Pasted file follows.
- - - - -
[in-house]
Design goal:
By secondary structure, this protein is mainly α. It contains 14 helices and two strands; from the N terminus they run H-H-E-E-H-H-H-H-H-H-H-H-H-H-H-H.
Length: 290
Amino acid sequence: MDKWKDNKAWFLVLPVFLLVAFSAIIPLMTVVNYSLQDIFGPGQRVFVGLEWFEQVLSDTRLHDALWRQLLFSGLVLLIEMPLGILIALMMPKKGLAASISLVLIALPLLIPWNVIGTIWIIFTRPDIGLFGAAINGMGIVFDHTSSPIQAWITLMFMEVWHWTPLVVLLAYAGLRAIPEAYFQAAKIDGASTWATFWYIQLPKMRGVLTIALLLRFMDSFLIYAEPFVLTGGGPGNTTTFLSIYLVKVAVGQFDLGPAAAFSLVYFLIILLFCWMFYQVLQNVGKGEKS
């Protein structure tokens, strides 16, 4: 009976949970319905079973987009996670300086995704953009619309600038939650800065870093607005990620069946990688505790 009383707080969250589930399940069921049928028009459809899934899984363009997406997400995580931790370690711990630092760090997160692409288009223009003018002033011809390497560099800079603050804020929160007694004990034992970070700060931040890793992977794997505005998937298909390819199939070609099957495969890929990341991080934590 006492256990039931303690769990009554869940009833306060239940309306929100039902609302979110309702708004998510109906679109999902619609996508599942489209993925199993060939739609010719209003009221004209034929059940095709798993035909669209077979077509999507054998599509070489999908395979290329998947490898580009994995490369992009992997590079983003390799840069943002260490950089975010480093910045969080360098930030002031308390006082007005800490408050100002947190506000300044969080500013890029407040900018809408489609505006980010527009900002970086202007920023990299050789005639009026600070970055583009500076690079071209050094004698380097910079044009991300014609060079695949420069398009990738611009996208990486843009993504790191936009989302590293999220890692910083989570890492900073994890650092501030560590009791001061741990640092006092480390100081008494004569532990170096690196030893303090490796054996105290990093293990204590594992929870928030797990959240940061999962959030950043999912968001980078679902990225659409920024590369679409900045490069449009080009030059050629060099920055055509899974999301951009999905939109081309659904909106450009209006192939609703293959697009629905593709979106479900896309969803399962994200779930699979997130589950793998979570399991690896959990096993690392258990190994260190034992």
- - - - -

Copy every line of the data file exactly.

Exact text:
[in-house]
Design goal:
By secondary structure, this protein is mainly α. It contains 14 helices and two strands; from the N terminus they run H-H-E-E-H-H-H-H-H-H-H-H-H-H-H-H.
Length: 290
Amino acid sequence: MDKWKDNKAWFLVLPVFLLVAFSAIIPLMTVVNYSLQDIFGPGQRVFVGLEWFEQVLSDTRLHDALWRQLLFSGLVLLIEMPLGILIALMMPKKGLAASISLVLIALPLLIPWNVIGTIWIIFTRPDIGLFGAAINGMGIVFDHTSSPIQAWITLMFMEVWHWTPLVVLLAYAGLRAIPEAYFQAAKIDGASTWATFWYIQLPKMRGVLTIALLLRFMDSFLIYAEPFVLTGGGPGNTTTFLSIYLVKVAVGQFDLGPAAAFSLVYFLIILLFCWMFYQVLQNVGKGEKS
């Protein structure tokens, strides 16, 4: 009976949970319905079973987009996670300086995704953009619309600038939650800065870093607005990620069946990688505790 009383707080969250589930399940069921049928028009459809899934899984363009997406997400995580931790370690711990630092760090997160692409288009223009003018002033011809390497560099800079603050804020929160007694004990034992970070700060931040890793992977794997505005998937298909390819199939070609099957495969890929990341991080934590 006492256990039931303690769990009554869940009833306060239940309306929100039902609302979110309702708004998510109906679109999902619609996508599942489209993925199993060939739609010719209003009221004209034929059940095709798993035909669209077979077509999507054998599509070489999908395979290329998947490898580009994995490369992009992997590079983003390799840069943002260490950089975010480093910045969080360098930030002031308390006082007005800490408050100002947190506000300044969080500013890029407040900018809408489609505006980010527009900002970086202007920023990299050789005639009026600070970055583009500076690079071209050094004698380097910079044009991300014609060079695949420069398009990738611009996208990486843009993504790191936009989302590293999220890692910083989570890492900073994890650092501030560590009791001061741990640092006092480390100081008494004569532990170096690196030893303090490796054996105290990093293990204590594992929870928030797990959240940061999962959030950043999912968001980078679902990225659409920024590369679409900045490069449009080009030059050629060099920055055509899974999301951009999905939109081309659904909106450009209006192939609703293959697009629905593709979106479900896309969803399962994200779930699979997130589950793998979570399991690896959990096993690392258990190994260190034992």